When we talk about white supremacy, we’re referring to a tendency to regard white culture as the default, the norm, or maybe even the best. This goes hand in hand with systemic oppression, which is expressed in seemingly innumerable forms — relevant examples include the reservation of elite educational institutions for wealthy students as well as the United State’s history of redlining, which prevents minorities from purchasing property in specific neighborhoods. In fact, the effects of redlining are still felt today, as many impoverished areas of the US densely populated by Black Americans are locations that were previously redlined.
The fact that there are only three Black CEOs in the Fortune 500, or that only 1.5% of women in management are BIPOC, is not a coincidence — it’s the direct result of these silent traditions of discrimination. It’s critical that leaders looking to increase diversity in the workplace understand that just because they don’t see employees practicing hate speech and threatening minority colleagues with violence doesn’t mean their workplace is immune to injustice. More likely than not, racism lurks alive and well just below the surface.
Traditional Approaches to Diversity in the Workplace
Up until now, leaders have mostly addressed these deep and complicated problems with surface-level solutions. One of the most popular solutions is holding an annual diversity training course or making a one-time donation to an organization fighting for racial equality. Although usually well-intentioned, these reactive strategies do little to create lasting change or improve inclusion in any kind of sustained way.
Empirical evidence confirms these traditional approaches (which have scarcely evolved since the 1960s) don’t work. Companies that require employees to participate in diversity training sessions report no increase in the representation of minorities and BIPOC among management over the course of five years. In fact, the positive effects of diversity training typically fade away after a whopping one to two days. While these one-off training sessions might help companies check a box about supporting diversity in the workplace or alleviate personal guilt, you would be hard pressed to point to any indicators of success. Clearly, it’s time to rethink our strategies.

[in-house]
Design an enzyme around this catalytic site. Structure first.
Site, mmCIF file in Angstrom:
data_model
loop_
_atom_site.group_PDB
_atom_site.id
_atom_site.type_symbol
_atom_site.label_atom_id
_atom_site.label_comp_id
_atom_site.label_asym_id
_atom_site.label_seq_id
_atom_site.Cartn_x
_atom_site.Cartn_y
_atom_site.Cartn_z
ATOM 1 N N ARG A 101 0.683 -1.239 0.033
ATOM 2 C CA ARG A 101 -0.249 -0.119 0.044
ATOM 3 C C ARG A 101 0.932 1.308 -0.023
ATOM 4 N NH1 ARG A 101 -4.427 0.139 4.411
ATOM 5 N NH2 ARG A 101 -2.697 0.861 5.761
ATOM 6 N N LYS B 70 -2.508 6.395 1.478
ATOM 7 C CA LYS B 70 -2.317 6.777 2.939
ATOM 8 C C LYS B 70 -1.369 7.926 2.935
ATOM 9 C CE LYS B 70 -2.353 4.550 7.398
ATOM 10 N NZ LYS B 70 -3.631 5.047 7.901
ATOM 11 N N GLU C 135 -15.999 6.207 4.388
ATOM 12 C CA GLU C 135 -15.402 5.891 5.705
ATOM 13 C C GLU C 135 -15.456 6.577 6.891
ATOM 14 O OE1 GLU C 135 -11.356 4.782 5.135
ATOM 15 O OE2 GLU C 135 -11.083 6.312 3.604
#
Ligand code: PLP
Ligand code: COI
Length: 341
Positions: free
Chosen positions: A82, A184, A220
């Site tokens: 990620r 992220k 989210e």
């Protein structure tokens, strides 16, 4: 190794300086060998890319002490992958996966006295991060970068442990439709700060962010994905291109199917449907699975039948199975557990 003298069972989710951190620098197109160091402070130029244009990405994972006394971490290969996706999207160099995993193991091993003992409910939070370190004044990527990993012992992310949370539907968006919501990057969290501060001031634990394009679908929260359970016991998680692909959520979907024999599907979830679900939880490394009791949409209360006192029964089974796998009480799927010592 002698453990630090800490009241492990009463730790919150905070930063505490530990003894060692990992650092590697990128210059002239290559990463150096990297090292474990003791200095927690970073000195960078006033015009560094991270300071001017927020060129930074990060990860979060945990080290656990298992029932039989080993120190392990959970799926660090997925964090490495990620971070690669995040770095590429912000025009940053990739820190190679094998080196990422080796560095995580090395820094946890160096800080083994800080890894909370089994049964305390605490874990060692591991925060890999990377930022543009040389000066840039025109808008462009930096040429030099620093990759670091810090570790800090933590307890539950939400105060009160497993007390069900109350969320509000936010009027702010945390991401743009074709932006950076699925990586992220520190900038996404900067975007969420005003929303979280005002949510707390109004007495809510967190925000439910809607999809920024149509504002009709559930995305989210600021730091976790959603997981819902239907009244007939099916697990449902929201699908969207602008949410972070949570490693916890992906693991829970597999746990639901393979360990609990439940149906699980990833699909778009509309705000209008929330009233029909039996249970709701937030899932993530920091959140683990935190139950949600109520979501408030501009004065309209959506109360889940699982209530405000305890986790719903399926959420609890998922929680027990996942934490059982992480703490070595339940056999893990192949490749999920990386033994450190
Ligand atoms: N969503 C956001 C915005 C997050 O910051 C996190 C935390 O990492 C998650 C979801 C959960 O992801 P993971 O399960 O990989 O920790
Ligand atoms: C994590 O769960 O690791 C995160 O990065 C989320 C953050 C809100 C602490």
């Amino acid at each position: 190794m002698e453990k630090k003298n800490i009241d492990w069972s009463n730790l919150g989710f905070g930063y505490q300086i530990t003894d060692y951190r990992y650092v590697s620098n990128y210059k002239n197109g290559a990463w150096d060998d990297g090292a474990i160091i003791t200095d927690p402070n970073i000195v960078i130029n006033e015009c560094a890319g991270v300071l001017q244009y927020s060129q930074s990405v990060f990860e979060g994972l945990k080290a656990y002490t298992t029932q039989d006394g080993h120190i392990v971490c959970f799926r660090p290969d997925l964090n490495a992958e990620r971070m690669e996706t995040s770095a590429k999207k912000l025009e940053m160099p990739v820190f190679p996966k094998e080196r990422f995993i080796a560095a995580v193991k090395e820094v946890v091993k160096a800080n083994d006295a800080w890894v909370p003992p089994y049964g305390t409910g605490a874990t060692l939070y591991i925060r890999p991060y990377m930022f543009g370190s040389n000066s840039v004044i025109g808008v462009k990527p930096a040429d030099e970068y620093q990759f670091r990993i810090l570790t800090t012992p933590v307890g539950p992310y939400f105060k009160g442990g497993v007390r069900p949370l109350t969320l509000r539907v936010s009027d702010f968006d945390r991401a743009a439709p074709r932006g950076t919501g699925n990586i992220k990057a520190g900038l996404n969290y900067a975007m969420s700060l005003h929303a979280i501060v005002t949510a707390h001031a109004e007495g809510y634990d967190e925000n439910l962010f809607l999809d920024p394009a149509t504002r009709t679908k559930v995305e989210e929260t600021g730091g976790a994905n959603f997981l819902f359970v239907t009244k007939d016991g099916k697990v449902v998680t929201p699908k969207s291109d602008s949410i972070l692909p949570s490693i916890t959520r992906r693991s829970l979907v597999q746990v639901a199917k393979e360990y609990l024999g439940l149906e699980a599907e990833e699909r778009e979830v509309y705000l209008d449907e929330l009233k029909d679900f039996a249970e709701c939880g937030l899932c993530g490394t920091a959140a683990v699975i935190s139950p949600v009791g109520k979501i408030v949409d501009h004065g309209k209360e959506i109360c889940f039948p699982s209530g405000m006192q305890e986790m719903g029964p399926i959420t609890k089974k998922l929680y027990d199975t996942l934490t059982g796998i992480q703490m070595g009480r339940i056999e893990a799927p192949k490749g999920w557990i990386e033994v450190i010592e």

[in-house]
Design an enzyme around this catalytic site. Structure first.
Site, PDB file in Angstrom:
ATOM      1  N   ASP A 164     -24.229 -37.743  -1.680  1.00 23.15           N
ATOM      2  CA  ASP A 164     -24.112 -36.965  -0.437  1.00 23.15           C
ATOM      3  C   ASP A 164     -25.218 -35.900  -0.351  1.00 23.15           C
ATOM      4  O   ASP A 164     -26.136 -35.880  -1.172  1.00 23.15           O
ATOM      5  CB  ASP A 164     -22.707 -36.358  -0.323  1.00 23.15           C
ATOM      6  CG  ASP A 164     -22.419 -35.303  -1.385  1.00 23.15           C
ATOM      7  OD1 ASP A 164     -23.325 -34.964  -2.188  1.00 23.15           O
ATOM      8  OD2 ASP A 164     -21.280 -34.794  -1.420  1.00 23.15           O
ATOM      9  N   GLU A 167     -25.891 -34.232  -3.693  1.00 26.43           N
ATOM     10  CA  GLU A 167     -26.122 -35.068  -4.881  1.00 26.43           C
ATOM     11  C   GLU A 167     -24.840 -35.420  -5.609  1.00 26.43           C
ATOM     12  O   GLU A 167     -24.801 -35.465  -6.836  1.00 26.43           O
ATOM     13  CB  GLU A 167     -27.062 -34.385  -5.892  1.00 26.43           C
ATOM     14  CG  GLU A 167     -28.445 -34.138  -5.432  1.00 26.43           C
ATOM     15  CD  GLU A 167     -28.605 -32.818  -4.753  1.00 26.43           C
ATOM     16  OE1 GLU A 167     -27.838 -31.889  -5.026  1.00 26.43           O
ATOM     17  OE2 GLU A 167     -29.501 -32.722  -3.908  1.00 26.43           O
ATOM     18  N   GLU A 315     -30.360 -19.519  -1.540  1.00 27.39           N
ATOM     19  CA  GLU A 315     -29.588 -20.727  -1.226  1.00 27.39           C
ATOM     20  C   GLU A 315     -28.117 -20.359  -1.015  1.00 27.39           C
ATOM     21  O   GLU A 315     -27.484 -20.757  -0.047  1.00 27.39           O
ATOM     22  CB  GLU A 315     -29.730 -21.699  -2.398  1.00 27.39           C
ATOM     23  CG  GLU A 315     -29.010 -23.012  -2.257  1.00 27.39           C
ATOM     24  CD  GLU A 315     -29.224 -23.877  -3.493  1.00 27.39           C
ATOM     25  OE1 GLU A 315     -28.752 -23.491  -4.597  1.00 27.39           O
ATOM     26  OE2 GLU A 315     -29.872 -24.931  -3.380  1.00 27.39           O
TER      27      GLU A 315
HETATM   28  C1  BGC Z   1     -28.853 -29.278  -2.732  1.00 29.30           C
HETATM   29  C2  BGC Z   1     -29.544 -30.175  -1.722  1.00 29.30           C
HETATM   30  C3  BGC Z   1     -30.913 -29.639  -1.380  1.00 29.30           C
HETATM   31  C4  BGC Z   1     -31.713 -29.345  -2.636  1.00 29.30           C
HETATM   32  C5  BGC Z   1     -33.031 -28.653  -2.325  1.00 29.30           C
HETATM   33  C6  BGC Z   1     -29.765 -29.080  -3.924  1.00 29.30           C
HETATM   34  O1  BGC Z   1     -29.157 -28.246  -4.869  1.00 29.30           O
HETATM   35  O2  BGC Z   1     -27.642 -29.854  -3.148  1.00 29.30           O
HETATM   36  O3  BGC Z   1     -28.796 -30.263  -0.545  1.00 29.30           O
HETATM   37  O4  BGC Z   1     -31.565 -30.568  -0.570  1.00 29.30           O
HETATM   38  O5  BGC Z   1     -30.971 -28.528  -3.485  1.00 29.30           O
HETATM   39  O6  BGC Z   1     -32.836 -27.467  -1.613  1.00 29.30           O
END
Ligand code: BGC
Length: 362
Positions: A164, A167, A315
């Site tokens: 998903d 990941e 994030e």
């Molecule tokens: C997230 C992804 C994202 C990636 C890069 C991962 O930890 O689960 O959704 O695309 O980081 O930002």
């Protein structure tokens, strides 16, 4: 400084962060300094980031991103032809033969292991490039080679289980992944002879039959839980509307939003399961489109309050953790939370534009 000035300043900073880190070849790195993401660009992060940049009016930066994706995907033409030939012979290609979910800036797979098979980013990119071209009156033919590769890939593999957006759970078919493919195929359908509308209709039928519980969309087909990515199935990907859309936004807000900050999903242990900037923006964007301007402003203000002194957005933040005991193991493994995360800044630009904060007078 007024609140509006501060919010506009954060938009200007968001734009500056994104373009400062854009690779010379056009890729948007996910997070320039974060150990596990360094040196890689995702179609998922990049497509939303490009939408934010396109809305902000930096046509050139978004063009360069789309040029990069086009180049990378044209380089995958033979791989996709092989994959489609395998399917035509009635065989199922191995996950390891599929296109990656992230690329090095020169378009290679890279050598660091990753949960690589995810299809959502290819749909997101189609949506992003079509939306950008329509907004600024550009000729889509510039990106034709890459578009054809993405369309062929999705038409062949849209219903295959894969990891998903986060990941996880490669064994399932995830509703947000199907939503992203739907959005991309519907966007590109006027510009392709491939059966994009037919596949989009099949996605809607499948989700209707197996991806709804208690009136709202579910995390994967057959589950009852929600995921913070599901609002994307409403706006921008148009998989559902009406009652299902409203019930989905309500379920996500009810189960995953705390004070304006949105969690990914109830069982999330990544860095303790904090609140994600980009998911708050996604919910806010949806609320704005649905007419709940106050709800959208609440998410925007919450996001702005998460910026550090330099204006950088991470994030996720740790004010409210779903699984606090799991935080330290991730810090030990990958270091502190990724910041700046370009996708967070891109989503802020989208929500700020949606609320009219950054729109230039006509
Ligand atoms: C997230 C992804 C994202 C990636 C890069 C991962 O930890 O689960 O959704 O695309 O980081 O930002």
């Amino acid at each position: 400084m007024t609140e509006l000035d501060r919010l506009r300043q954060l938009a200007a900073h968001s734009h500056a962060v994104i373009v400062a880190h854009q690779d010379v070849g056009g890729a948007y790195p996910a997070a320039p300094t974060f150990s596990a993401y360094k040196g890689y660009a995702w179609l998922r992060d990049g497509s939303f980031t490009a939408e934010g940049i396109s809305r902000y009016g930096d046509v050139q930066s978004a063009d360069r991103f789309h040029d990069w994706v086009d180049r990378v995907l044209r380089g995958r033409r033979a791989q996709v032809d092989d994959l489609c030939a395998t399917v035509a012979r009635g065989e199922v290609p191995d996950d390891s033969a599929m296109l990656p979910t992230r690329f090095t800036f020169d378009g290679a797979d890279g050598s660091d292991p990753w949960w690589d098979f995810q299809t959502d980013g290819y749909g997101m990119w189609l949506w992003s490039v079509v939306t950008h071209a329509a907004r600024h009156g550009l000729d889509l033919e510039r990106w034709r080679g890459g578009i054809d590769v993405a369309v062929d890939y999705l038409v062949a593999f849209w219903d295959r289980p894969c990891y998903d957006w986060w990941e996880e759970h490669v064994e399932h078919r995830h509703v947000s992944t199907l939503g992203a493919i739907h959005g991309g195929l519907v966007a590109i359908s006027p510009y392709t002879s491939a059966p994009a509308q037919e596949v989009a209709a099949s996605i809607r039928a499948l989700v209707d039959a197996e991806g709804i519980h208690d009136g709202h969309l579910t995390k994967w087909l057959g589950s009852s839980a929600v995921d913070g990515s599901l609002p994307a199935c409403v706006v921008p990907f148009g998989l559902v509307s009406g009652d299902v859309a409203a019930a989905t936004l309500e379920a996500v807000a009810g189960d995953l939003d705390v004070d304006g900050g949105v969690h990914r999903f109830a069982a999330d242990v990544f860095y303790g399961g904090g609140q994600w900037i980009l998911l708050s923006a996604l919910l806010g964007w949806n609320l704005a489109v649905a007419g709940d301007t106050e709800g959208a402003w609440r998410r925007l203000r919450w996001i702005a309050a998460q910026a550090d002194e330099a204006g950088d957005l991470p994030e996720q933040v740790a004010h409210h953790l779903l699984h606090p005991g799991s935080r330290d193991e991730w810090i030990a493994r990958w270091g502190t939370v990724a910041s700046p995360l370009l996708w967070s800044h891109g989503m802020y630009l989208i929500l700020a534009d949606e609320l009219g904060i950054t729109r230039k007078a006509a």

3 Guidelines for an Improved Approach to Inclusion and Diversity in the Workplace
Leaders driven to create real change must first accept the fact that diversity in the workplace is not a box to be checked. Facilitating inclusion and enabling equitable treatment of all employees will be a never-ending initiative — one that might become continually more effective but can never be completed.
With that in mind, the following three recommendations will help leaders launch that never-ending journey from the right starting point. The suggestions shared below in and of themselves do not constitute a DEI strategy, but they help lend an important perspective to inform your creation of a strategy that actually works.
1. Take Down Your Defenses
When working to build a more inclusive work environment, one of the most important first steps for a leader to take is disarming any instinct they have for defensiveness. This is easier said than done.
Lots of people — especially white people — are desperately attached to the idea that they themselves are not racist. This is based both on a misconception of racism as the most extreme, violent acts of discrimination, as well as on a misunderstanding of the systemic nature of the problem. Even if every last individual within the system were “not racist,” the odds would remain stacked against minorities.
The reality is, most people are complicit in racial injustice in some way. Therefore a critical step to promoting inclusivity and diversity in the workplace is admitting the ways racism has gone unchecked — or in some cases, been enabled — under your leadership. It’s a tough pill to swallow, but equitable reform should take priority over personal pride. The sooner leaders disarm their egos, the sooner they will be able to clearly assess what needs to change.
2. Trust Data, Not Your Gut
An ineffective way to assess whether your DEI strategy is working is by paying attention to whether you feel like it’s working. The problem with implicit bias is that it exists below the surface of consciousness, manifesting in tricky ways that are difficult to recognize with subjective individual judgement.